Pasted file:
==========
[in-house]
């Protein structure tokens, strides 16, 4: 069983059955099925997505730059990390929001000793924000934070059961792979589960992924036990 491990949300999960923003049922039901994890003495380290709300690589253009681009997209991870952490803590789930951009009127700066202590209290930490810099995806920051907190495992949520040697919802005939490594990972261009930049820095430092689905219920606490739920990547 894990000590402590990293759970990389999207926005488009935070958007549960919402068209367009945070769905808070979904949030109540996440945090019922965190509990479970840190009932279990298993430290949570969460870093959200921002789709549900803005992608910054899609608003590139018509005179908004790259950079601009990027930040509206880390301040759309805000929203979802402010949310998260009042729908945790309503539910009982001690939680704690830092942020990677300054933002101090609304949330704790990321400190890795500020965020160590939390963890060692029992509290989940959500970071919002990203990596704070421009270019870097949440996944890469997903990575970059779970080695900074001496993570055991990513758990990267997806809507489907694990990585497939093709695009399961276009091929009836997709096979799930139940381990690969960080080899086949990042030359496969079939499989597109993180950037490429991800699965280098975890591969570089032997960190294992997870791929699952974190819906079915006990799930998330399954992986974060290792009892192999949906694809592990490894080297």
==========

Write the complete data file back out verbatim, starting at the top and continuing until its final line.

[in-house]
């Protein structure tokens, strides 16, 4: 069983059955099925997505730059990390929001000793924000934070059961792979589960992924036990 491990949300999960923003049922039901994890003495380290709300690589253009681009997209991870952490803590789930951009009127700066202590209290930490810099995806920051907190495992949520040697919802005939490594990972261009930049820095430092689905219920606490739920990547 894990000590402590990293759970990389999207926005488009935070958007549960919402068209367009945070769905808070979904949030109540996440945090019922965190509990479970840190009932279990298993430290949570969460870093959200921002789709549900803005992608910054899609608003590139018509005179908004790259950079601009990027930040509206880390301040759309805000929203979802402010949310998260009042729908945790309503539910009982001690939680704690830092942020990677300054933002101090609304949330704790990321400190890795500020965020160590939390963890060692029992509290989940959500970071919002990203990596704070421009270019870097949440996944890469997903990575970059779970080695900074001496993570055991990513758990990267997806809507489907694990990585497939093709695009399961276009091929009836997709096979799930139940381990690969960080080899086949990042030359496969079939499989597109993180950037490429991800699965280098975890591969570089032997960190294992997870791929699952974190819906079915006990799930998330399954992986974060290792009892192999949906694809592990490894080297």